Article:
Cloud computing is all the rage. The big debates are public vs. private, open source vs. proprietary, and SMB vs. enterprise. While these are emerging trends, an enormous shift that has occurred over the last few years is the start of what a few are calling the “personal cloud”. A personal cloud is your collection of online service providers that facilitates your digital information creation, sharing, commenting, collaborating, and connecting with others.
Today, our digital lives are increasingly shifting from the home PC to your work laptop and a host of online cloud service providers. Personal services includes productivity (email, calendaring, instant messaging, etc.), sharing (photos, documents, videos, etc.), and communities (social networks, gaming, travel planning, etc.). Business service examples are numerous too with LinkedIn, Yammer, Twitter, Facebook, etc. More innovative services are becoming available daily. The combination of cloud computing, Web 2.0 productivity, and mobile has exploded the possibilities.
Four challenges worry me most about the current state of my personal cloud:
- Our personal information and life data has been spread across each of these services. A higher level organizational construct (a personal meta-cloud) that can assemble the content from multiple providers is needed. This would not only assist viewing and tracking but also allow multi-channel syndication of new information out to our multiple services and networks.
- The tools to manage the split of information being shared and managed across the public, business, and personal arenas do not exist. One can only manage data in each silo independently – a huge time sink – leading many users to assume an “oversharing isn’t bad” mentality. We need more granular controls built into the services and ways to maintain visibility into what information different communities are consuming.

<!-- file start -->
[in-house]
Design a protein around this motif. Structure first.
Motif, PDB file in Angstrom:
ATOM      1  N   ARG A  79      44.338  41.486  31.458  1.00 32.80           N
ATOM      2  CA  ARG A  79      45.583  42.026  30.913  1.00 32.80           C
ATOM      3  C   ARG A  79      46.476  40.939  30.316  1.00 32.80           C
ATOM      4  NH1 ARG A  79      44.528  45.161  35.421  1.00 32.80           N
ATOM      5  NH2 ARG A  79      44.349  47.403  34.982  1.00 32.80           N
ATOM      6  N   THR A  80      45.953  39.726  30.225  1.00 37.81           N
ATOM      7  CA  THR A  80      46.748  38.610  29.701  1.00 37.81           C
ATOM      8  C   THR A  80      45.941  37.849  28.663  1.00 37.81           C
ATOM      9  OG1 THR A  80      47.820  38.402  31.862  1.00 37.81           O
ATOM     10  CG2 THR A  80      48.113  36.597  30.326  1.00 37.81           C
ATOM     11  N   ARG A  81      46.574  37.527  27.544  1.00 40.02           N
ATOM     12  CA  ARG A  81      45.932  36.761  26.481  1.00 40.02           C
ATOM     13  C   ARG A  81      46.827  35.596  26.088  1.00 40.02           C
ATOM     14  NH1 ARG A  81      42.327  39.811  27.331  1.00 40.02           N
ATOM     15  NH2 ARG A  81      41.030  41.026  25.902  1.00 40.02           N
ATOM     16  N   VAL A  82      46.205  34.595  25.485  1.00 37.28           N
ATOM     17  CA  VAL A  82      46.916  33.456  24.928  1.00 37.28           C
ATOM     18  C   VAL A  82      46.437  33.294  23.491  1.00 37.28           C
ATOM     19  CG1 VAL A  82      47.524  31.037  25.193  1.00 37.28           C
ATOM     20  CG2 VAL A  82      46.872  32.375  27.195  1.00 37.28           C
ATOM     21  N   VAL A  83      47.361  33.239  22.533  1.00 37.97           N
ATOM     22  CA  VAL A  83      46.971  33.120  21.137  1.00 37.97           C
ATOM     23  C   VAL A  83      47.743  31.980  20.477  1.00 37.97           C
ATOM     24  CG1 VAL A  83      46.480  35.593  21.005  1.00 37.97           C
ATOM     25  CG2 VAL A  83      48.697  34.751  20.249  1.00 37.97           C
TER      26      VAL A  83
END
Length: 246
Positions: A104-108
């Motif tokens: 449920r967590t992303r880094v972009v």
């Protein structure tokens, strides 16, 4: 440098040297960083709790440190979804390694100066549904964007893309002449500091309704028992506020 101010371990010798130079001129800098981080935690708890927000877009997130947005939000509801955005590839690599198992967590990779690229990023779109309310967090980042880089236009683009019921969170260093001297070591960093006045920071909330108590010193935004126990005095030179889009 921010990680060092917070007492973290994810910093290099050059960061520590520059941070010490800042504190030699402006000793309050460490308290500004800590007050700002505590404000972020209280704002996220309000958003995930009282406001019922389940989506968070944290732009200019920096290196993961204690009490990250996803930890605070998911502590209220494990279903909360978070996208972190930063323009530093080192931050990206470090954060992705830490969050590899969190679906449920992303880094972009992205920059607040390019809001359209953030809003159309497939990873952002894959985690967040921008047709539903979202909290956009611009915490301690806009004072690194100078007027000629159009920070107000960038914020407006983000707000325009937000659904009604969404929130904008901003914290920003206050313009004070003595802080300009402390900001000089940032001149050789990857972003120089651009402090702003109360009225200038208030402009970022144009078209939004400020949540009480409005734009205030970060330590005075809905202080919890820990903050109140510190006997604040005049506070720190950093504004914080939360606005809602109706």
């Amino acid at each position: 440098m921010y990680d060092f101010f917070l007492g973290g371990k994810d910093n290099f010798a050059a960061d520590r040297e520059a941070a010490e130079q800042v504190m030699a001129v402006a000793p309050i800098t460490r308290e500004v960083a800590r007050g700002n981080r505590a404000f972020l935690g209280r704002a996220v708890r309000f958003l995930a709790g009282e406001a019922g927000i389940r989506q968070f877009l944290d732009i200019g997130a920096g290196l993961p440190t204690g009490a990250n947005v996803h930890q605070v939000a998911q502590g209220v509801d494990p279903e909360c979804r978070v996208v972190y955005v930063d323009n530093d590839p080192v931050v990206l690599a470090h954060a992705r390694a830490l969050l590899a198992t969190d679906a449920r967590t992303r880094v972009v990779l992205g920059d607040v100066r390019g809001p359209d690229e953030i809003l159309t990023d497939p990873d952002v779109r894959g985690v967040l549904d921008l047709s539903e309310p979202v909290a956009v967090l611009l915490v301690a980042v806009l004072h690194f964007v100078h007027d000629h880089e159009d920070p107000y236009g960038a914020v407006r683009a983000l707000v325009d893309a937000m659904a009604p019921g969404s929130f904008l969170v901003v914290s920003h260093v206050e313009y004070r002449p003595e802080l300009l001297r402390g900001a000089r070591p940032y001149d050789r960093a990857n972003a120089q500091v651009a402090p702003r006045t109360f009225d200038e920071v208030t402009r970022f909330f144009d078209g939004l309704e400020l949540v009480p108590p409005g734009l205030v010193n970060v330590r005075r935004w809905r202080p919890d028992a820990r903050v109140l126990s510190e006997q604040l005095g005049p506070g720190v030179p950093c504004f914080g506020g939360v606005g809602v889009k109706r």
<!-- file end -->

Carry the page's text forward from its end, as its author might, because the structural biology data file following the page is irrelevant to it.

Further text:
- My data longevity is not safe. Just as take advantage of new services, we are losing data residing in older services. Services go out of business without a way to extract the data and meta data (e.g., I left MySpace long ago leaving behind my profile and all the conversations). There needs to be a centralized personal cloud that holds my master data and syndicates it out to my online communities at a granular level, as well as automatically captures, organizes, and archives my content from those communities for long-term storage and potential reuse.
- There is no connection back to my physical world. As we continue to network the home with smart energy, digital security, and home entertainment, we are creating yet another silo of our digital personal information. A key impediment to bringing this online is connectivity speeds from any cloud-based provider through the last mile. Users will continue to expect near instantaneous response times with any controllers.
The conclusion is that there is a business opportunity for a vendor to become the aggregator that facilitates, controls, and maintains my personal cloud. Given # 4 above, there will likely be a home-based IT component for heavier applications like digital home video libraries until the bandwidth issues get resolved. In the meantime, I would like a personal cloud provider. Unfortunately I do not think Google is that provider due to their needing to mine data for advertising. I would be willing to pay for a stand-alone service.
Do you want better control over your personal cloud? What other issues need resolution and who might be a likely provider?